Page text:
Spotlight: Anthony Lent

Anthony Lent Jewelry at ESQUELETO

To accompany the launch of Anthony Lent's collection at ESQUELETO, we were lucky enough to have a in-depth conversation with the artist himself! We are so excited to carry his work in our Oakland boutique and online.

Kayla: Your career has spanned over 50 years of creating fine jewelry for men and women. Did you always specialize in such detailed, conceptual jewelry for wearable art? How has your work evolved over the years?

Anthony Lent: My style of jewelry has always been highly detailed, sculptural, and eccentric. I do really love minimalist and art deco design but in my own work, my greatest influences were those designers and goldsmiths who created what seemed like a micro world in their jewels. Even in other forms of art such as painting I was always drawn to a chaotic style of people like Hieronymus Bosch or Albrecht Dürer. My work has certainly evolved in the amount I am able to “refine” it- I sometimes look back at pieces I sculpted or carved in the '70s and am highly critical of how rough they appear compared to what I am producing today. I would also say that my work has become more approachable and wearable for the everyday as opposed to the time I spent creating solely one off pieces.

K: We love your iconic celestial collection. What inspired you to create it? Do you still add new pieces to it?

A.L.: Celestial imagery and motifs are seen throughout the world and have different meanings across many cultures. I have always loved the anthropomorphization of celestial bodies, especially the style used in victorian art and children’s books. I often refer to my moonface as “the moon of our collective unconscious” because when my collectors see it they have a feeling of relating to something they know or a familiarity with it. Although this in particular is my original sculpt, the imagery is so strong I feel it will remain a timeless style- I am always adding new pieces to this collection.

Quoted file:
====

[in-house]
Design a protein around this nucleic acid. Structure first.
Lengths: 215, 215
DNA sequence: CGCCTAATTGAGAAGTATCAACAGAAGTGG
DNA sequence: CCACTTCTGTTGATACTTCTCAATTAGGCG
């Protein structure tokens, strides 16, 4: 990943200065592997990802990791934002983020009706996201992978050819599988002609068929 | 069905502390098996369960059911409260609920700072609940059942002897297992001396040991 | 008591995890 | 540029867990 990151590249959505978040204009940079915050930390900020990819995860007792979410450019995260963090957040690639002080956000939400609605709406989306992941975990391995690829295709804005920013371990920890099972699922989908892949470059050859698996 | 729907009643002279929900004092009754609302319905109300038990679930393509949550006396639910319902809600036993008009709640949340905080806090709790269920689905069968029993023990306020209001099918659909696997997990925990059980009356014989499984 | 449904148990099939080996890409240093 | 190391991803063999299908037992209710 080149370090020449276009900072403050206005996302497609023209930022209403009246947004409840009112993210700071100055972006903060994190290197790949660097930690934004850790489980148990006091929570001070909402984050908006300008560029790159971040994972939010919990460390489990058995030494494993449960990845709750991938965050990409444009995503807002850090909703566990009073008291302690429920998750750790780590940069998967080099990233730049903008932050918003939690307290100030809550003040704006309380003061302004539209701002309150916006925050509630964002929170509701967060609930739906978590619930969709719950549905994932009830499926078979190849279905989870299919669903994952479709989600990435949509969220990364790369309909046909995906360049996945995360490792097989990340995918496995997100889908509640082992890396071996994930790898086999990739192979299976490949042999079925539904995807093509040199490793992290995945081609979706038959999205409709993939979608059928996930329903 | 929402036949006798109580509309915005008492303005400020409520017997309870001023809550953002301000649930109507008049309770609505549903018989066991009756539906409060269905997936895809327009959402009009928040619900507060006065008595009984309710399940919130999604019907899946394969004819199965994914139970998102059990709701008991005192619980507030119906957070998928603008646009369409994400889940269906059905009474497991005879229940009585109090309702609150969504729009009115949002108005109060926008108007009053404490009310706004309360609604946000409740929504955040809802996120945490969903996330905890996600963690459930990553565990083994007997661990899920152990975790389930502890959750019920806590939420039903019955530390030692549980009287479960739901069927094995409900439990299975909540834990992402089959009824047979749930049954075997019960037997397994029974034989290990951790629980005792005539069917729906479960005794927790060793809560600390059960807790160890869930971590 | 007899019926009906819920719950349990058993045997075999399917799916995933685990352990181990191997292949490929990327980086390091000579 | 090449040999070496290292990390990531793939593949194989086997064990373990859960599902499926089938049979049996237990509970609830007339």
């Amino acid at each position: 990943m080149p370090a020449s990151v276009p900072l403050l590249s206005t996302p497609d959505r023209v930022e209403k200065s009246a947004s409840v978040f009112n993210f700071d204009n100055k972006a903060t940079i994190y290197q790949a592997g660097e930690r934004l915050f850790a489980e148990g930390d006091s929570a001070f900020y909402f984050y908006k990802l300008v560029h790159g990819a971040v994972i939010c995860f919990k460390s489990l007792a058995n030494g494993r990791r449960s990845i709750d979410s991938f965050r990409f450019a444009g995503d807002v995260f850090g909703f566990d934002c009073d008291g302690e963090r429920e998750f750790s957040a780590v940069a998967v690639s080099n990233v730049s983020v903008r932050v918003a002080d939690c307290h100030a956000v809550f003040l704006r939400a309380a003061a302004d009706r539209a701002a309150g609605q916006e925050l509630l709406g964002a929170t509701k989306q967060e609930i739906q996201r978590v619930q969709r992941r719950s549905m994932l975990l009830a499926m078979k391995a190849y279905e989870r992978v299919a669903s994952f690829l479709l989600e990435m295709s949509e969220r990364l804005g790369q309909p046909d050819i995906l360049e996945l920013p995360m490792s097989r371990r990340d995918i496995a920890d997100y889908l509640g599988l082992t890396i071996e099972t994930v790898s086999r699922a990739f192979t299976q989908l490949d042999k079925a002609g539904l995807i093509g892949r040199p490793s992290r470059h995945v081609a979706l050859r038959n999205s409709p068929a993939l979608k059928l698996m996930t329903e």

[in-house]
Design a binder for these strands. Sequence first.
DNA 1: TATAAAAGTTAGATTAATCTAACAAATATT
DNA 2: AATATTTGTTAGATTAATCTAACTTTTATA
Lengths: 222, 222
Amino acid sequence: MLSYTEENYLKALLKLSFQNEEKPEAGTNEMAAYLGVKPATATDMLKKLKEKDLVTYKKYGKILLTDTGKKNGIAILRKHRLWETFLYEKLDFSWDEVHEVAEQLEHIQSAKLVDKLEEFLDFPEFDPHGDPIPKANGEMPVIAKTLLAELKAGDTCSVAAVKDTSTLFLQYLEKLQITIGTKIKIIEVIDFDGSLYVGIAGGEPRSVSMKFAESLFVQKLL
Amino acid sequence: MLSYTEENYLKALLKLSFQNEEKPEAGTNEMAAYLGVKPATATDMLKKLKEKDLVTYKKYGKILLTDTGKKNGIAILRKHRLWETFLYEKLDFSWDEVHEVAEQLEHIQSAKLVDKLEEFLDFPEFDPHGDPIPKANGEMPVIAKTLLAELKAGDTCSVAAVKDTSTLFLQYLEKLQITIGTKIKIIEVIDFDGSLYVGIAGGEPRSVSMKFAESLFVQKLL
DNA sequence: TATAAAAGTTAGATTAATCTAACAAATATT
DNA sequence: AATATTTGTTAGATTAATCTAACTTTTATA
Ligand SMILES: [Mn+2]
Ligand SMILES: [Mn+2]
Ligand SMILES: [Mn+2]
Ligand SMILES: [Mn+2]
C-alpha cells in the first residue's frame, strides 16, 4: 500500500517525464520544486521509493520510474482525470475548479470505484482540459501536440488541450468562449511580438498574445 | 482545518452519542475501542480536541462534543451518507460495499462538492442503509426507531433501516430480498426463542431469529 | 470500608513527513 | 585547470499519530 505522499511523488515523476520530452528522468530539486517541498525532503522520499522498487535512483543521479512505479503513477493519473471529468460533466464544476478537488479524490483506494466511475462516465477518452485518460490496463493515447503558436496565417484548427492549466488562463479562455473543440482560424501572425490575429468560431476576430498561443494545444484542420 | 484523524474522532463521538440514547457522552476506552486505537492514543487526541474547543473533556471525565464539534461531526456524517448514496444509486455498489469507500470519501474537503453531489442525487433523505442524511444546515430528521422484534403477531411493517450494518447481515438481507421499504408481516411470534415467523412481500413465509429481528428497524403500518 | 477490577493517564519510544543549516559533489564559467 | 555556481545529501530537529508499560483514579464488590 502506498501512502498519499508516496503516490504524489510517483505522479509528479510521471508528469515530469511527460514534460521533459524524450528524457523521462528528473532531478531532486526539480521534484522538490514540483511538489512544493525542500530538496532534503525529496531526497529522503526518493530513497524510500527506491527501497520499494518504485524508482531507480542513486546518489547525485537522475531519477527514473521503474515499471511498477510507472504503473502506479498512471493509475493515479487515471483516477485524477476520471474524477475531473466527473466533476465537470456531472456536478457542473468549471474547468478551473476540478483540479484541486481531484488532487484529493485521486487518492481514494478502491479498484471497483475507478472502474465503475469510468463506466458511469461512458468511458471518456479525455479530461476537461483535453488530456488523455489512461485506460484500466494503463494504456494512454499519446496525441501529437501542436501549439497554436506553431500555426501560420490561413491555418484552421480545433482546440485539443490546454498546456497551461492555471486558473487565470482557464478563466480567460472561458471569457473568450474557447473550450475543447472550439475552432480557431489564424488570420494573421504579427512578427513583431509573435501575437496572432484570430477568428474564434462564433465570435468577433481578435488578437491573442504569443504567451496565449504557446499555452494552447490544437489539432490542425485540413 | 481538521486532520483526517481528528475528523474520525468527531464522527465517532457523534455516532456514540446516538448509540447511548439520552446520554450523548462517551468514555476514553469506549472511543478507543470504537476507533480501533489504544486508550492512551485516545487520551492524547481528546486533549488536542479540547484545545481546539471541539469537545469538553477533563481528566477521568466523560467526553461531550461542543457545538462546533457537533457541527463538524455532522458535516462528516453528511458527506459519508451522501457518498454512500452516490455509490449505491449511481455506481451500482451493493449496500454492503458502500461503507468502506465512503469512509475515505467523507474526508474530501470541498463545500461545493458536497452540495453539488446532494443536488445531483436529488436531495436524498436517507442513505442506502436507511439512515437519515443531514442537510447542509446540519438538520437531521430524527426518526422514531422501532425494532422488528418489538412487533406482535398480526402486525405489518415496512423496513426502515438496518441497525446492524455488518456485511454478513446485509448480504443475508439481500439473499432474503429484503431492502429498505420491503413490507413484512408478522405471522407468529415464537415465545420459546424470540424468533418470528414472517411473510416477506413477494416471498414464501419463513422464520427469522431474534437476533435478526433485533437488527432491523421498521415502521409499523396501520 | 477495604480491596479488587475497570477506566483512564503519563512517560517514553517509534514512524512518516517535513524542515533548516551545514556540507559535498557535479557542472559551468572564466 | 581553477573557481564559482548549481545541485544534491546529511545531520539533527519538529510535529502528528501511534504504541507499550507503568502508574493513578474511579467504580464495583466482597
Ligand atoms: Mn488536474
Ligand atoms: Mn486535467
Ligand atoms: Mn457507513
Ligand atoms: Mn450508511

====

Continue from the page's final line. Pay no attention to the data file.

Anthony Lent Jewelry at ESQUELETO

K: Sometimes the face motif in your work appears strictly human, other times it's the personification of the moon or sun. Can you tell us about the face symbol in your jewelry?

A.L.: I get asked this all of the time and it is difficult to give a precise answer! I suppose my background as a sculptor is what started my fascination with this symbolism- but I think it is more than symbolism. Faces are about complex emotions and feelings. A lot of the time when I am designing a piece, I unintentionally make the face have an expression or look to it that ends up, for better or worse, translated into the jewelry. The faces in my work symbolize a wide range of things- skulls (also a face) symbolize fearlessness and protection, while the human face on my lady bug design is a reminder of the importance of life in all creatures- the face is a symbol of connection to the rest of the world.

K: At ESQUELETO, we've talked to many bespoke jewelry designers who admire you and your work. Are there jewelry designers who you feel that way about? If so, who?

A.L.: Sure there are plenty! This industry is really filled with amazingly talented designers and craftsmen. To name a few of my favorites I would say Otto Jakob (A lesser known in the the US, German jeweler) his work is incredible! I love the work of Sevan, Stephen Webster, Wendy Yue, Munsteiner, Todd Reed, Paul Morelli...there are so many who are doing really innovative and creative things right now.

K: Are you working on any new designs or a new collection now? Can you tell us about it?

A.L.: I am a long time science fiction junkie- that’s all I will say about that right now ;)

K: Lastly, I heard that you were Lauren Wolf's favorite instructor at FIT in New York. Do you have anything you'd like to share about that?

A.L.: Getting to know Lauren as a student, I knew I was learning about an extraordinary person and great talent! A lot of people come through FIT and very few are as successful as she has been. It is a privilege and a great pleasure to be working closely with a former student- what she has built with her business and Esqueleto reminds me that as teachers, we learn just as much from them if not more!

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